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Five things to consider before cashing in your pension fund

10 September 2020 Glacier by Sanlam

According to Stats SA, the unemployment rate increased to a historic high of 30,1% in the first quarter of 2020. It is estimated that a further 3-million South Africans have lost their jobs during the country’s nationwide lockdown with more job losses still to come. Losing your income may have been out of your control, but the next steps you take are – and they could dictate your future financial health.

Sherwin Govender, Business Development Manager at Glacier by Sanlam, suggests five things to consider before you cash in on your pension fund.

1. Don’t rob your retired self

Retirement savings are your money – but they belong to you when you retire. Spending it now could mean that you won’t have enough saved to live on when you retire. Not having enough retirement savings means you will need to find income-generating employment after you retire. If jobs are scarce now, what will the job market look like when you’re 60?

2. Cashing out your pension fund is taxing, literally

You can only cash out your pension fund if you withdraw from the pension fund i.e. when you resign or lose your job. Losing your job and retiring, however, are two different scenarios:

1. If you retire, you can only cash out up to one-third, and the balance must be used to purchase an annuity.
2. If you withdraw (when you find a new job and resign, or are retrenched), you could typically transfer as much of your funds as possible to a preservation fund at a registered financial services provider. Other options would be transferring to a retirement annuity or the new employer pension fund. However, you can cash out the full amount, but the tax you pay on the cash lump sum would be more than if you retired from the fund.

The tax payable when cashing out your pension fund is calculated as follows:

• The first R25 000 is not taxed;
• The balance up to R660 000 is taxed at 18% of the amount over R25 000;
• The balance up to R990 000 is taxed at R114 300 + 27% of the amount over R660 000; and
• The remainder is taxed at R203 400 + 36% of the amount over R990 000.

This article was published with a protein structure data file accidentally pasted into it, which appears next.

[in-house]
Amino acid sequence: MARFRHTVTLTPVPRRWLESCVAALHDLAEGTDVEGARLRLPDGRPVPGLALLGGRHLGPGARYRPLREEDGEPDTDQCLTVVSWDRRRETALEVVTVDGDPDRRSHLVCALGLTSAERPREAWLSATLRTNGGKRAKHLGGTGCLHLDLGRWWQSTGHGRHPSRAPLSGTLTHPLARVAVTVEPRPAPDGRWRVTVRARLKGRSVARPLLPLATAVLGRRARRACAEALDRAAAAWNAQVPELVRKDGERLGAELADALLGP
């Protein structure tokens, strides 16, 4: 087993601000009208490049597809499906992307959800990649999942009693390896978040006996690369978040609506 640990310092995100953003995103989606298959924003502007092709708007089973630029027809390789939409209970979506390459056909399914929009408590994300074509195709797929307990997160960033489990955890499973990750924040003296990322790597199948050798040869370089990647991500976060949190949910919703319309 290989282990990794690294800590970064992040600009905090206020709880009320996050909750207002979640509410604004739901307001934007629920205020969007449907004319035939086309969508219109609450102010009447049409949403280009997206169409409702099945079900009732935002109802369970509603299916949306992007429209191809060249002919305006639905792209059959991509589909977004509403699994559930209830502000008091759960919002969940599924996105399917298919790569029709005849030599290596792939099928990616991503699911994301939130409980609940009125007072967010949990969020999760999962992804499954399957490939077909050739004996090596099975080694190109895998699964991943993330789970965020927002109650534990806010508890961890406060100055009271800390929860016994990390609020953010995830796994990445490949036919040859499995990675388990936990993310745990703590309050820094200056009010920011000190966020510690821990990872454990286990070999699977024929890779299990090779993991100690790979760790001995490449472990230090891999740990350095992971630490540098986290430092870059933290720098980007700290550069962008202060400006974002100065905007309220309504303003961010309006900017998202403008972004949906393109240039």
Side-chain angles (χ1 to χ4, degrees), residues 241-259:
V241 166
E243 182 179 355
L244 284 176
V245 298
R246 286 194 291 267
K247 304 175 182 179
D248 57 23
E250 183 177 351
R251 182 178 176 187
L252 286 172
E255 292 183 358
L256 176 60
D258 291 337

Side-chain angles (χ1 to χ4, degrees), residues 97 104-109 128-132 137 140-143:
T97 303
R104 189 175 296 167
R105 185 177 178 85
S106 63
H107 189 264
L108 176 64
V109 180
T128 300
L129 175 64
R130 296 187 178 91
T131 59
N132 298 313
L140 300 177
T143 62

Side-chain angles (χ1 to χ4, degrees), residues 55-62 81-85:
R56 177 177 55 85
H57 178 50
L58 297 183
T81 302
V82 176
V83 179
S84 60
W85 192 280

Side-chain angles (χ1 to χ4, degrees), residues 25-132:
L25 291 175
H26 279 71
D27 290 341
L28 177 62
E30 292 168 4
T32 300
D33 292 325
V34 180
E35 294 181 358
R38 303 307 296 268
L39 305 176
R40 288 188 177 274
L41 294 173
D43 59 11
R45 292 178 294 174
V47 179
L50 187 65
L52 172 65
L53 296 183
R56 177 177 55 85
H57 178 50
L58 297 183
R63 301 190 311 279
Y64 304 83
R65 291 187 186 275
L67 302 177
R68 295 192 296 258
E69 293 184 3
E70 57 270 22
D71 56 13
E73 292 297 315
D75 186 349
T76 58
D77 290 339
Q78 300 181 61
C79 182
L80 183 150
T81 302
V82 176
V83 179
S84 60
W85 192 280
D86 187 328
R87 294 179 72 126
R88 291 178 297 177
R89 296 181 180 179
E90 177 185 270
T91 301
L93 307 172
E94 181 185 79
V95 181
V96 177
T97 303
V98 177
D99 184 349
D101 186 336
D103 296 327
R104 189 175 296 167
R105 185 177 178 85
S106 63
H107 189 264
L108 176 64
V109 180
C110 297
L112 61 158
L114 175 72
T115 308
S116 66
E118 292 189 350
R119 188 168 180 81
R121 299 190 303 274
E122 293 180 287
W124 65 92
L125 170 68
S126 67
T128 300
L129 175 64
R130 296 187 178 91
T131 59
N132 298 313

3. Consider all the money you will be losing in compound interest

You’re giving up a lot of the ‘magic’ of compound interest, especially if you cash out 100% of your pension fund now. In the table below is an example of the financial outcomes of three people, Chris, Thandi and Dave, who all lost their jobs and withdrew money from their pension funds.

 

James

Thando

Dave

Age at retrenchment

45

45

45

Pension fund value

R1.5 million

R1.5 million

R1.5 million

Amount cashed out

R1.5 million

R100 000

R1.5 million

Tax paid on cash-out

R292 500

R0

R292 500

Amount transferred to preservation fund

R0

R1.4 million

R0

Age when new contributions to new pension fund starts

46

46

46

Monthly contribution to a new pension fund

R2 000

R2 000

R17 300

Growth rate

10% per year

10% per year

10% per year

Age at retirement

60

60

60

Total retirement savings

R728 000

R6.3 million

R6.3 million

Tax-free lump sum that can be cashed out

R0

R400 000

R0

 

4. If you need the money to pay debts, consider other options first

Investigate debt counselling or consolidation before dipping into any of your savings or investments. A debt management programme will help you create a debt repayment plan that gets you back onto a healthy financial path. Sanlam offers free debt management assistance; visit our Credit Profile page for more details.

5. Look at your big financial picture with a qualified friend

It’s human nature to make financial decisions that seem good now but turn out to be regrettable in future. Seek financial advice from an accredited financial planner to guide you through difficult financial times.

“It is important to ensure that you have worked through these considerations before cashing in your pension as a short-term solution as this could have dire effects on your long-term retirement plan”, concludes Govender.

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